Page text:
Sisal is a seaport town in the municipality of Hunucmá in the state of Yucatán, Mexico. It was the main port of Yucatán during the henequen boom, later overshadowed when the more modern port of Progreso was built to the east. It lent its name to the agave-derived sisal fiber (or hemp) which was shipped through it. In the old days when the hemp was shipped out of Sisal, the packs of the natural fiber were stamped with the word “Sisal” so that port authorities at the country of entry (mainly the US) knew that the merchandize was shipped for this port. However, the name Sisal was used instead to name hemp itself, thus it became Sisal in the US market. In Mexico the fiber is known as henequen, not hemp.

The town is about 53 km north north-west of Mérida, the state capital. By law when the Yucatán was part of New Spain, all commerce went through the port of Campeche. The residents of Mérida petitioned for a port closer to the capital, and this was granted by Spanish royal decree on 13 February 1810. The new port of Sisal was founded in 1811, and has a late colonial era fortress, the “Castle of Sisal”, and an old lighthouse. After Yucatán’s independence from Spain commerce in the port grew rapidly, and by 1845 was shipping cargos with twice the value that had previously gone through Campeche.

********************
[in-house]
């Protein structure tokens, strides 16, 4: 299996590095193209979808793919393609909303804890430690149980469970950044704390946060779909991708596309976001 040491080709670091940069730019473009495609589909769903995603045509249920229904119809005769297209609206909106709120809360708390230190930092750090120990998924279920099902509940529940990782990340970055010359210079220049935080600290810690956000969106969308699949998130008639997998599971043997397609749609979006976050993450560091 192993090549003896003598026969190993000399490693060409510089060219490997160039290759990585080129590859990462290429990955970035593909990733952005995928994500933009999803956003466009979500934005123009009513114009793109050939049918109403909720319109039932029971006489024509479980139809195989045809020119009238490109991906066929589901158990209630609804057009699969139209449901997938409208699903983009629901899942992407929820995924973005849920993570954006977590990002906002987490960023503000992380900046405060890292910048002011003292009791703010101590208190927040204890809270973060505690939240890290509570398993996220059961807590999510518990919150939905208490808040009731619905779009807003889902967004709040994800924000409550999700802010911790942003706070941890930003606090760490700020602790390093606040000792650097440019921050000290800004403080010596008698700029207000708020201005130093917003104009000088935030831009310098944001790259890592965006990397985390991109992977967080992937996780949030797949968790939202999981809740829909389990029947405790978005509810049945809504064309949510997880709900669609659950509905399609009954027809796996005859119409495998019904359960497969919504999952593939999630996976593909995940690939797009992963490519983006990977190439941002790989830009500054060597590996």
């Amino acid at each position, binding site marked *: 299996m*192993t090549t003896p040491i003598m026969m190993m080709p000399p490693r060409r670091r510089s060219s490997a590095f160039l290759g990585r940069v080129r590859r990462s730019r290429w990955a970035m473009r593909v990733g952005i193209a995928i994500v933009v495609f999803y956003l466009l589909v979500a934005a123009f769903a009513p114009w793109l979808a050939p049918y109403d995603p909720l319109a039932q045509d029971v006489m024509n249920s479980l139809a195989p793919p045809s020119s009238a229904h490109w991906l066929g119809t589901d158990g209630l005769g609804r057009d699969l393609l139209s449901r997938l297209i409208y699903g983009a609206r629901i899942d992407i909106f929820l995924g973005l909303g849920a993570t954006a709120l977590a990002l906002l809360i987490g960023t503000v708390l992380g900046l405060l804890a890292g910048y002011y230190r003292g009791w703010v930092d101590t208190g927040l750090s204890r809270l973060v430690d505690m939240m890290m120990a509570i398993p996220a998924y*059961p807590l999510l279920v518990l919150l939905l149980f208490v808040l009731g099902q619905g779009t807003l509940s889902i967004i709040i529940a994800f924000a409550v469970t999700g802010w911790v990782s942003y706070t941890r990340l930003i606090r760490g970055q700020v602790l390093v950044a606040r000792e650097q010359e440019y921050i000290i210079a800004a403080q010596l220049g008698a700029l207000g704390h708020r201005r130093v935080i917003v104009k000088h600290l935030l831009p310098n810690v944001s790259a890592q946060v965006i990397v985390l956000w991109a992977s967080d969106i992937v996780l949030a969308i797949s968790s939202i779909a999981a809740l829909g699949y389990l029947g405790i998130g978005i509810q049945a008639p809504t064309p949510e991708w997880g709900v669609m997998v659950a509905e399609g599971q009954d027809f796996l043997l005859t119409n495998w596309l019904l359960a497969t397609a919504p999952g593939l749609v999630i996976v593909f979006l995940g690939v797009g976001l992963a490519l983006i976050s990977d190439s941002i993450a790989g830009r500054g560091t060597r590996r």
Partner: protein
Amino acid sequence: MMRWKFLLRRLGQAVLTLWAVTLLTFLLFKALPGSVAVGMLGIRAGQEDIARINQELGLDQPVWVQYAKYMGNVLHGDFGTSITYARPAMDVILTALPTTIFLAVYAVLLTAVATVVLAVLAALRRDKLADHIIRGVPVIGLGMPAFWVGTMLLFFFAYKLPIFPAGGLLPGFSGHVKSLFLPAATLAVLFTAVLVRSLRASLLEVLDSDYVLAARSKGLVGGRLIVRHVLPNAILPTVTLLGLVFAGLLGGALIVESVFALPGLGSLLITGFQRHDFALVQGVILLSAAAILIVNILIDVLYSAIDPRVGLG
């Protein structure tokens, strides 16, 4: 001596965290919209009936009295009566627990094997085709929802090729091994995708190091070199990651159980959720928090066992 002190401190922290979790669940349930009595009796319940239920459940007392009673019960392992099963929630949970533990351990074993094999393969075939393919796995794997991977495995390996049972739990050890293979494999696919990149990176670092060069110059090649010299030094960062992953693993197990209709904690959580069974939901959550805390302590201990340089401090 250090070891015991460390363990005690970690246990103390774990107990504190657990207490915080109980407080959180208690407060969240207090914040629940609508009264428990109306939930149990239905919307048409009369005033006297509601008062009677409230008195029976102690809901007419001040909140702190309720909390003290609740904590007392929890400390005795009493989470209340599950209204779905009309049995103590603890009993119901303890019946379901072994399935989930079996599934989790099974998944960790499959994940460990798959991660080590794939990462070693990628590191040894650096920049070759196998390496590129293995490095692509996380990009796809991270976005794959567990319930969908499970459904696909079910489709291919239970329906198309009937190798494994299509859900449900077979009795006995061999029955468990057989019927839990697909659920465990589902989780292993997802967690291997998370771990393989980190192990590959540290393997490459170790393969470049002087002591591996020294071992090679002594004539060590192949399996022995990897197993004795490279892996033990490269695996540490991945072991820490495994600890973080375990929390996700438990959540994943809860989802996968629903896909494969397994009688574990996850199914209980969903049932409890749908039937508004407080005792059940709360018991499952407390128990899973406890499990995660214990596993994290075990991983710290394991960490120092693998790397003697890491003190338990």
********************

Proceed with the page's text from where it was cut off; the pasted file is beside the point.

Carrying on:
After the development of Progreso, Sisal’s importance declined and today is a small fishing village, visited by some for its beach.As of the Mexican census of 2010, Sisal had an official population of 1,837 inhabitants. Currently (Dec 2006) the state government is working to return this port to the splendor of centuries past through the development of projects focused on tourism. The port is planned to grow into a tourist destination as well as shelterport for fishermen.During your visit to Celestun include a stop at Sisal. It is definitely off the beaten path, offering very peaceful beaches, few tourists and the charm you can expect from a small and sleepy town along the Yucatecan coast.

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